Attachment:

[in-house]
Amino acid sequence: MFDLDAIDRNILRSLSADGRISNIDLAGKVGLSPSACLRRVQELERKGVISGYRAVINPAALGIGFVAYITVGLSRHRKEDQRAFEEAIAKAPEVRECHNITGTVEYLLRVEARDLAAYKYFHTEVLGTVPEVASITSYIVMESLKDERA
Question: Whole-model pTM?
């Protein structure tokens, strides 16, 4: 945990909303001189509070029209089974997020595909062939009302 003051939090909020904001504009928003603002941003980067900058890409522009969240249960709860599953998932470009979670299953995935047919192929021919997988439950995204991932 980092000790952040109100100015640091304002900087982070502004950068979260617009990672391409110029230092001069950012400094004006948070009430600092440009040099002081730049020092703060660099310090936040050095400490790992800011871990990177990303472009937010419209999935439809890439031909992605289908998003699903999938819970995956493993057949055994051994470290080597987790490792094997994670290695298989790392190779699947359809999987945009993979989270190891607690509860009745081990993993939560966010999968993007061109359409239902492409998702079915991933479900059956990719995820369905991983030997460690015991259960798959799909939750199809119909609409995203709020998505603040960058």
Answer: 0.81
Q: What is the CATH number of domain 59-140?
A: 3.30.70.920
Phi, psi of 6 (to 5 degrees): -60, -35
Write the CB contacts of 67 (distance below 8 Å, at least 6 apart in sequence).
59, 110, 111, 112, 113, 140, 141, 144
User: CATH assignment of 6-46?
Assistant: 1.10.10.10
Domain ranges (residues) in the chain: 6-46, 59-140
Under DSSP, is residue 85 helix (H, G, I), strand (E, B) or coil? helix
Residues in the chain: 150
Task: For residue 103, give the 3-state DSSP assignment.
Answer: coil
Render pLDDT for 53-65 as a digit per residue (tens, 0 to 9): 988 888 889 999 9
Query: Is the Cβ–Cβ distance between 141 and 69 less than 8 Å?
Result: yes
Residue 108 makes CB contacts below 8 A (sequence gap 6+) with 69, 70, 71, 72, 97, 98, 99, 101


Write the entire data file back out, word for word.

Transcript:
[in-house]
Amino acid sequence: MFDLDAIDRNILRSLSADGRISNIDLAGKVGLSPSACLRRVQELERKGVISGYRAVINPAALGIGFVAYITVGLSRHRKEDQRAFEEAIAKAPEVRECHNITGTVEYLLRVEARDLAAYKYFHTEVLGTVPEVASITSYIVMESLKDERA
Question: Whole-model pTM?
């Protein structure tokens, strides 16, 4: 945990909303001189509070029209089974997020595909062939009302 003051939090909020904001504009928003603002941003980067900058890409522009969240249960709860599953998932470009979670299953995935047919192929021919997988439950995204991932 980092000790952040109100100015640091304002900087982070502004950068979260617009990672391409110029230092001069950012400094004006948070009430600092440009040099002081730049020092703060660099310090936040050095400490790992800011871990990177990303472009937010419209999935439809890439031909992605289908998003699903999938819970995956493993057949055994051994470290080597987790490792094997994670290695298989790392190779699947359809999987945009993979989270190891607690509860009745081990993993939560966010999968993007061109359409239902492409998702079915991933479900059956990719995820369905991983030997460690015991259960798959799909939750199809119909609409995203709020998505603040960058």
Answer: 0.81
Q: What is the CATH number of domain 59-140?
A: 3.30.70.920
Phi, psi of 6 (to 5 degrees): -60, -35
Write the CB contacts of 67 (distance below 8 Å, at least 6 apart in sequence).
59, 110, 111, 112, 113, 140, 141, 144
User: CATH assignment of 6-46?
Assistant: 1.10.10.10
Domain ranges (residues) in the chain: 6-46, 59-140
Under DSSP, is residue 85 helix (H, G, I), strand (E, B) or coil? helix
Residues in the chain: 150
Task: For residue 103, give the 3-state DSSP assignment.
Answer: coil
Render pLDDT for 53-65 as a digit per residue (tens, 0 to 9): 988 888 889 999 9
Query: Is the Cβ–Cβ distance between 141 and 69 less than 8 Å?
Result: yes
Residue 108 makes CB contacts below 8 A (sequence gap 6+) with 69, 70, 71, 72, 97, 98, 99, 101